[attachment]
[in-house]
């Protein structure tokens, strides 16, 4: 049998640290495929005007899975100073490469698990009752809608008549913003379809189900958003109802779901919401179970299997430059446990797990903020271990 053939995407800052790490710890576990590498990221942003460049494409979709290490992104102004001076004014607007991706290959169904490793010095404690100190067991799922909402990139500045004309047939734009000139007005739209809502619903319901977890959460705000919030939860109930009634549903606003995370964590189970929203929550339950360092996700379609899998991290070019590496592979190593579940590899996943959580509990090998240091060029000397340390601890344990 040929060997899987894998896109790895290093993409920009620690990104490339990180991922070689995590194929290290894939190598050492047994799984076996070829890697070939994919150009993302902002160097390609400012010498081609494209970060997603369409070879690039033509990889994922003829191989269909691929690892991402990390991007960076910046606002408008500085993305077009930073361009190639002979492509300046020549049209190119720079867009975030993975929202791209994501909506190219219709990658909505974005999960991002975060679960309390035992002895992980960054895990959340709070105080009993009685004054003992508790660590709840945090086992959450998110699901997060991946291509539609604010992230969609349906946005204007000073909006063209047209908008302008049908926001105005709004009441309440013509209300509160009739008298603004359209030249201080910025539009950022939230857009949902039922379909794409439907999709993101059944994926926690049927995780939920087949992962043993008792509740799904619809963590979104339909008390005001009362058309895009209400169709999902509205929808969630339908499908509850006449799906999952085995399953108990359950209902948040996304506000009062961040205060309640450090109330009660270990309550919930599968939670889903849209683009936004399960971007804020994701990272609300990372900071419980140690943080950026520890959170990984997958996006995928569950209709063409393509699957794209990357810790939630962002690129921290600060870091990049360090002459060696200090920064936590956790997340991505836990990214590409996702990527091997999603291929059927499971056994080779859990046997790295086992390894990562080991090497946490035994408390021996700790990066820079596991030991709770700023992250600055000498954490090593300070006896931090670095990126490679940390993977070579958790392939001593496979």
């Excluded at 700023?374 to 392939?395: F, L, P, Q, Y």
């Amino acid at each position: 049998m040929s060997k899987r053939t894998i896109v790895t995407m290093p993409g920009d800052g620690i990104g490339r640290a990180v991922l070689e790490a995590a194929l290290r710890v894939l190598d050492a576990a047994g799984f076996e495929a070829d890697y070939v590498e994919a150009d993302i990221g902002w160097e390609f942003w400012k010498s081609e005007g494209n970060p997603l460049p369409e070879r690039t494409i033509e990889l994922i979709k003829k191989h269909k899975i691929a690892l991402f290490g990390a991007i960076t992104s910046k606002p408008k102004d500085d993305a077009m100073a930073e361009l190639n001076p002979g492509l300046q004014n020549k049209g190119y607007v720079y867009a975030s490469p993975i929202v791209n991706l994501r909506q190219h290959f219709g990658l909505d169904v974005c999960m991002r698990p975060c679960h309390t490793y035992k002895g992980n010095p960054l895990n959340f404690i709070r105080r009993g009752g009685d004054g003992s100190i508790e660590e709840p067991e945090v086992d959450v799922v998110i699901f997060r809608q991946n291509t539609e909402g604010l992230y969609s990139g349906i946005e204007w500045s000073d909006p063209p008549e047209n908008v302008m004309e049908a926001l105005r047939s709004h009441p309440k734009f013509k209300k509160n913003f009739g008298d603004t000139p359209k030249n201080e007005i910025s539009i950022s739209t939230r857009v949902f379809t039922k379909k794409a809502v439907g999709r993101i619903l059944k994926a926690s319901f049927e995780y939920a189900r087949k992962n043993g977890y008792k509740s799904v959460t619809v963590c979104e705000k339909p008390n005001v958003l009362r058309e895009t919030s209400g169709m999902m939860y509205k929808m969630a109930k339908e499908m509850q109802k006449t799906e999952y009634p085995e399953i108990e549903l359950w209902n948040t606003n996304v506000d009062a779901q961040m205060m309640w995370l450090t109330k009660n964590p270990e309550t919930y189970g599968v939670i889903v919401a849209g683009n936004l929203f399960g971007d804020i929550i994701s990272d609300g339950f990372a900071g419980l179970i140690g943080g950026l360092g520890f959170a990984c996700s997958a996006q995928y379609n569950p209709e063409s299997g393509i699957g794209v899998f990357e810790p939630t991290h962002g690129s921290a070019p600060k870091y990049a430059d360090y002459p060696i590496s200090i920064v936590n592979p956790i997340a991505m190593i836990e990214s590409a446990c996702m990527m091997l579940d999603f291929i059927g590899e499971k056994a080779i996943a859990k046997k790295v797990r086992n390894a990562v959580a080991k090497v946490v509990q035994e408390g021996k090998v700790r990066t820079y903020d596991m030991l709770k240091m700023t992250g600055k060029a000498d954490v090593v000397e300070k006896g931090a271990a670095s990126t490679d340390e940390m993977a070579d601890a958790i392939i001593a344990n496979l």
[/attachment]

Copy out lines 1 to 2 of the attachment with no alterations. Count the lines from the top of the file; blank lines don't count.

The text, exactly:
[in-house]
């Protein structure tokens, strides 16, 4: 049998640290495929005007899975100073490469698990009752809608008549913003379809189900958003109802779901919401179970299997430059446990797990903020271990 053939995407800052790490710890576990590498990221942003460049494409979709290490992104102004001076004014607007991706290959169904490793010095404690100190067991799922909402990139500045004309047939734009000139007005739209809502619903319901977890959460705000919030939860109930009634549903606003995370964590189970929203929550339950360092996700379609899998991290070019590496592979190593579940590899996943959580509990090998240091060029000397340390601890344990 040929060997899987894998896109790895290093993409920009620690990104490339990180991922070689995590194929290290894939190598050492047994799984076996070829890697070939994919150009993302902002160097390609400012010498081609494209970060997603369409070879690039033509990889994922003829191989269909691929690892991402990390991007960076910046606002408008500085993305077009930073361009190639002979492509300046020549049209190119720079867009975030993975929202791209994501909506190219219709990658909505974005999960991002975060679960309390035992002895992980960054895990959340709070105080009993009685004054003992508790660590709840945090086992959450998110699901997060991946291509539609604010992230969609349906946005204007000073909006063209047209908008302008049908926001105005709004009441309440013509209300509160009739008298603004359209030249201080910025539009950022939230857009949902039922379909794409439907999709993101059944994926926690049927995780939920087949992962043993008792509740799904619809963590979104339909008390005001009362058309895009209400169709999902509205929808969630339908499908509850006449799906999952085995399953108990359950209902948040996304506000009062961040205060309640450090109330009660270990309550919930599968939670889903849209683009936004399960971007804020994701990272609300990372900071419980140690943080950026520890959170990984997958996006995928569950209709063409393509699957794209990357810790939630962002690129921290600060870091990049360090002459060696200090920064936590956790997340991505836990990214590409996702990527091997999603291929059927499971056994080779859990046997790295086992390894990562080991090497946490035994408390021996700790990066820079596991030991709770700023992250600055000498954490090593300070006896931090670095990126490679940390993977070579958790392939001593496979």